February 23, 2009

Choosing Auditory-Verbal Therapy

While working with the team at Children’s Hospital, we also began our own research on Hadley’s hearing loss. We learned about Sue Schwartz’ book, Choices in Deafness, and immediately read that to familiarize ourselves on the different approaches. Instinctively, we knew that sign language was not going to be a part of our life. While we had attempted to incorporate a few signs into our interactions with Hadley, it always seemed forced and contrived. We wanted her to speak! Choices validated for us that there were several other options that held great potential for Hadley. One of them especially, auditory-verbal therapy, struck us as being most appropriate.

We narrowed our options to three programs in the Boston area and began the task of interviewing. Following the typical philosophy of scheduling the first interview with the program of least possible interest, we made an appointment with Lea and Jim Watson at the Auditory-Verbal Communication Center. We had mentally crossed them off our list as their office was quite a distance from us (on the North Shore! through Boston!), but wanted to meet them since people we respected at Children’s spoke of the Watsons in reverential terms. Armed with two pages of questions, a laundry list of things we wanted from a program, and the desire to get going with responding to Hadley’s hearing loss, we showed up at their office door one March morning. Within a few minutes, both Dan and I were feeling great about our decision to meet with them. Within 30 minutes, I was half listening to Lea and half dreaming of what it would be like to come here every week. 2 ½ hours later, Dan and I walked back to the car considering the possibilities. As we drove back to Boston, the drive didn’t seem as long and the earlier list of cons didn’t appear as daunting. More importantly, we were thrilled by how Hadley had responded to Lea (and this was prior to receiving her hearing aids) and how Lea interacted with all of us. I told Dan I was very pleased that our first of three interviews had gone so well, that I knew that there was at least one good option out there for Hadley. Dan described me as simply being giddy with excitement.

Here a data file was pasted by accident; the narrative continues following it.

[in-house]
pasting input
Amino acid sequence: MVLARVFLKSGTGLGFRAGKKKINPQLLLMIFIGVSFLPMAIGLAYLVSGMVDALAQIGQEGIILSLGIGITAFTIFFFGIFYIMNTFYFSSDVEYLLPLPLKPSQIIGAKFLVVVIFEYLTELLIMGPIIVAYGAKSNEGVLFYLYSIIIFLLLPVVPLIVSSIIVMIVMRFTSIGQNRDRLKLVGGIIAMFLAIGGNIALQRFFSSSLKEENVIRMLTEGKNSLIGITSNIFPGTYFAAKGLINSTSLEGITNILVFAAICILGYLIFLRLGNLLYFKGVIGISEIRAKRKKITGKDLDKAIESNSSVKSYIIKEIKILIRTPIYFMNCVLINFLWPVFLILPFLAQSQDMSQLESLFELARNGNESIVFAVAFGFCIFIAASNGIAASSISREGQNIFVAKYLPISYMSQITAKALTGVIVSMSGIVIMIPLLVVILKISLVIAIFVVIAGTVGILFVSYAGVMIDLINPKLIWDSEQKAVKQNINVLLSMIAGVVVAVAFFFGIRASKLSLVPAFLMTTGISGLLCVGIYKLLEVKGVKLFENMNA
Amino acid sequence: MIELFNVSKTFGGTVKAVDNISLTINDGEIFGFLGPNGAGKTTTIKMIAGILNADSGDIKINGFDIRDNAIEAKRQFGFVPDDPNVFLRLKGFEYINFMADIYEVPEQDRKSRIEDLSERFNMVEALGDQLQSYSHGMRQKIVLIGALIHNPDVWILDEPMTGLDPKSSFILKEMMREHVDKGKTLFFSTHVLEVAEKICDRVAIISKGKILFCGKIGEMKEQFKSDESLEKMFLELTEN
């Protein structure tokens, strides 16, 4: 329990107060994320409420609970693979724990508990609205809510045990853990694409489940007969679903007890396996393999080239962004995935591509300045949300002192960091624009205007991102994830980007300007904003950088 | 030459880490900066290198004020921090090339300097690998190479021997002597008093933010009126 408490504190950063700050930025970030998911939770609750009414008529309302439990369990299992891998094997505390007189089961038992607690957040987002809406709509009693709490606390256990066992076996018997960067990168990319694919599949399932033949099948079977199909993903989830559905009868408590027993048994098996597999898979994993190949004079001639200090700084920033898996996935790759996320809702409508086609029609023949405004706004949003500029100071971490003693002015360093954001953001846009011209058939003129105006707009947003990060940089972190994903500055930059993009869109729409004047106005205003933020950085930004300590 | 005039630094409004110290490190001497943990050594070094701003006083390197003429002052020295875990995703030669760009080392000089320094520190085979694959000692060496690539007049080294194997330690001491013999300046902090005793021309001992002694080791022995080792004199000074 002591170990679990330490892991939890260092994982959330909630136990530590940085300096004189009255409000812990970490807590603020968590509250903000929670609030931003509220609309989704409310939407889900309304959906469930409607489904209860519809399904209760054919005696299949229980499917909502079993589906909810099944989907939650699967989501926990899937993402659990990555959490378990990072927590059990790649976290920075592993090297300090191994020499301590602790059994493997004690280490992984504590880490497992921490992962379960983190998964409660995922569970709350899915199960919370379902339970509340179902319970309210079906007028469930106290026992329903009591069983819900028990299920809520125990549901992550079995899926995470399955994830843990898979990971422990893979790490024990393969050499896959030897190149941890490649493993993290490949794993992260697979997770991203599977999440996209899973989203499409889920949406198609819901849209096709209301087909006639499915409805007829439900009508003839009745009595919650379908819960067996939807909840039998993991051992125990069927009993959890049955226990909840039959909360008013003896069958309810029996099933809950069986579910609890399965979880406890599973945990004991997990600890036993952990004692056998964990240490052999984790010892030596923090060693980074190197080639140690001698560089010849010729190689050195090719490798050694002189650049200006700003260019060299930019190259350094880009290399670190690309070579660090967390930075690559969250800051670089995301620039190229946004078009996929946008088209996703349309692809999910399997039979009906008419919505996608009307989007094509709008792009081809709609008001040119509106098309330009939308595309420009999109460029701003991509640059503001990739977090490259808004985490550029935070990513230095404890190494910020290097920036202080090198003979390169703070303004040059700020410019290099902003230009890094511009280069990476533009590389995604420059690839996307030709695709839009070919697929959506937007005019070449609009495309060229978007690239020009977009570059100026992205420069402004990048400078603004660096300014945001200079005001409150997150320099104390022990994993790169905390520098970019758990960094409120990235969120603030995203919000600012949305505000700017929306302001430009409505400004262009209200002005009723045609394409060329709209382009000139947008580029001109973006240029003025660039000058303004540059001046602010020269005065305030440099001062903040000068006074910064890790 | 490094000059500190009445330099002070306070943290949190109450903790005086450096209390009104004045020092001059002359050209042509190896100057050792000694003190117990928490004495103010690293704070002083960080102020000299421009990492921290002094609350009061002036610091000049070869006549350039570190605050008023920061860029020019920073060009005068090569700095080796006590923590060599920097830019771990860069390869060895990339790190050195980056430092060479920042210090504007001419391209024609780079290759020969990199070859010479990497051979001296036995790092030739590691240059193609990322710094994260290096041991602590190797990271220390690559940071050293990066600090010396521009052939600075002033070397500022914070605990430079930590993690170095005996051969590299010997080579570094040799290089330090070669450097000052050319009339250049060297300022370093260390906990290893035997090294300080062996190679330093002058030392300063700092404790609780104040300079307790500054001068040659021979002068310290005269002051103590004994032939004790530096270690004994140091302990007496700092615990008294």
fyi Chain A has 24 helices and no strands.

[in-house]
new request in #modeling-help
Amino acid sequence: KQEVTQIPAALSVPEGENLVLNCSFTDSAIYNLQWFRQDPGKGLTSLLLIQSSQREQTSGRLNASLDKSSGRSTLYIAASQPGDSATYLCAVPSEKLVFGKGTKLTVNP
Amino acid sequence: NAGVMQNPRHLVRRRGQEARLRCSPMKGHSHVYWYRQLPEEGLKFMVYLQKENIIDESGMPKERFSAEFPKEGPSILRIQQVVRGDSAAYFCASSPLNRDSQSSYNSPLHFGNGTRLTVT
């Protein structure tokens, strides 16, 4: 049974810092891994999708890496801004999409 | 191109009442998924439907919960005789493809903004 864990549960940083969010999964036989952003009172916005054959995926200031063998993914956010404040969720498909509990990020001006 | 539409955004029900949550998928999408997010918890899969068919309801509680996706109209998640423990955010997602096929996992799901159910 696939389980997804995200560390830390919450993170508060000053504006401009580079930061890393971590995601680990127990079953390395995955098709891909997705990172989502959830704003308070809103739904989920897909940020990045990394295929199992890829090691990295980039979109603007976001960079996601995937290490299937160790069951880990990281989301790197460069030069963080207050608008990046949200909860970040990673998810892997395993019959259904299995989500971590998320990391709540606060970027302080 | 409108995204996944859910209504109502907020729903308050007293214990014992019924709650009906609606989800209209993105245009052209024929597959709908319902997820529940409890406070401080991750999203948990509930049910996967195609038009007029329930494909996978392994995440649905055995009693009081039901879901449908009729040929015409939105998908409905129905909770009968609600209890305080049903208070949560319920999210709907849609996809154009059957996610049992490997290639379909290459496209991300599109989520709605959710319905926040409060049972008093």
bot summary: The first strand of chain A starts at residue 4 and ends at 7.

The following week, Hadley and I observed a preschool nursery in Boston and met with the director and other parents. I knew immediately that this was not the place for Hadley—everyone was signing and excited about their children’s signing progress, but little was said about their language development—and kept looking at the clock, wishing I could leave. While the time there was valuable, I knew that this was just not the place for our family. The day before we visited the third place on our list, Clarke School East, I called Lea and made plans for Hadley to begin AVT. While we did attend that last interview, I spent the time comparing their philosophy to AVT and measuring their therapists against the Watsons. There was simply no comparison. We knew we were making the right decision by choosing AVT.

All along, AVT seemed like an obvious choice to us. Dan and I felt that we were absolutely the right people to raise Hadley in a speaking, listening and hearing environment. We wanted a relationship with someone who would acknowledge and respect our right to educate Hadley and serve to guide us along this path.

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